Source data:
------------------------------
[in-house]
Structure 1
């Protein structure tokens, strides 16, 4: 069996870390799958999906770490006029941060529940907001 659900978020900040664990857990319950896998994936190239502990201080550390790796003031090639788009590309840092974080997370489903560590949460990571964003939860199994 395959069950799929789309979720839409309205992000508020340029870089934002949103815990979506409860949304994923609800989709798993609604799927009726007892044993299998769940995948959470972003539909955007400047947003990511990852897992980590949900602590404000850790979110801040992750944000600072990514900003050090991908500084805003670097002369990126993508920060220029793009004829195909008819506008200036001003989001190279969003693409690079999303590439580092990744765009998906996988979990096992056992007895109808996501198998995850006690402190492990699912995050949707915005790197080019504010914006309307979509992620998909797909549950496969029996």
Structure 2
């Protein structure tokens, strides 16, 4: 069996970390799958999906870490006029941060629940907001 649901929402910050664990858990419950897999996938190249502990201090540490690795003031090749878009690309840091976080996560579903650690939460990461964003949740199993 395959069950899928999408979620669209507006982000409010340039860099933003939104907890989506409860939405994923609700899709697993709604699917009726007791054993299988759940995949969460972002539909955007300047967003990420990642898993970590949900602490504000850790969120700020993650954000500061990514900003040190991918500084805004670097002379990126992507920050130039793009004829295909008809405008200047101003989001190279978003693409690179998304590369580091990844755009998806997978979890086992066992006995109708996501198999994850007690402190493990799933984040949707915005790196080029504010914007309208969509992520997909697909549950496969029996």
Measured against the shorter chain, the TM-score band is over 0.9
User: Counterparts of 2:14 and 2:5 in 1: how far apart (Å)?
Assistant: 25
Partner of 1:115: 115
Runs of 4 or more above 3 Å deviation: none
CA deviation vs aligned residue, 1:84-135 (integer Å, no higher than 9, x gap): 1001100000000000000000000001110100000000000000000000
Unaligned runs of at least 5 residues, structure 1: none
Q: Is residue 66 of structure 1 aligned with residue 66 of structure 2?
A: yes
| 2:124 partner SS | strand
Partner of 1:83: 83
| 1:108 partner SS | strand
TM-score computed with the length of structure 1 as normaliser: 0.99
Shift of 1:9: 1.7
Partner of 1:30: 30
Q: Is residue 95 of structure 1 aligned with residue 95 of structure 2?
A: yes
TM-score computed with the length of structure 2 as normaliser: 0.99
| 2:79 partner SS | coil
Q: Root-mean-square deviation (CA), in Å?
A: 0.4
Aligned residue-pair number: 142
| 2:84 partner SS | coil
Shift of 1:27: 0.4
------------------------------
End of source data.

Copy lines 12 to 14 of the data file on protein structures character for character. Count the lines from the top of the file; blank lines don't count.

Unaligned runs of at least 5 residues, structure 1: none
Q: Is residue 66 of structure 1 aligned with residue 66 of structure 2?
A: yes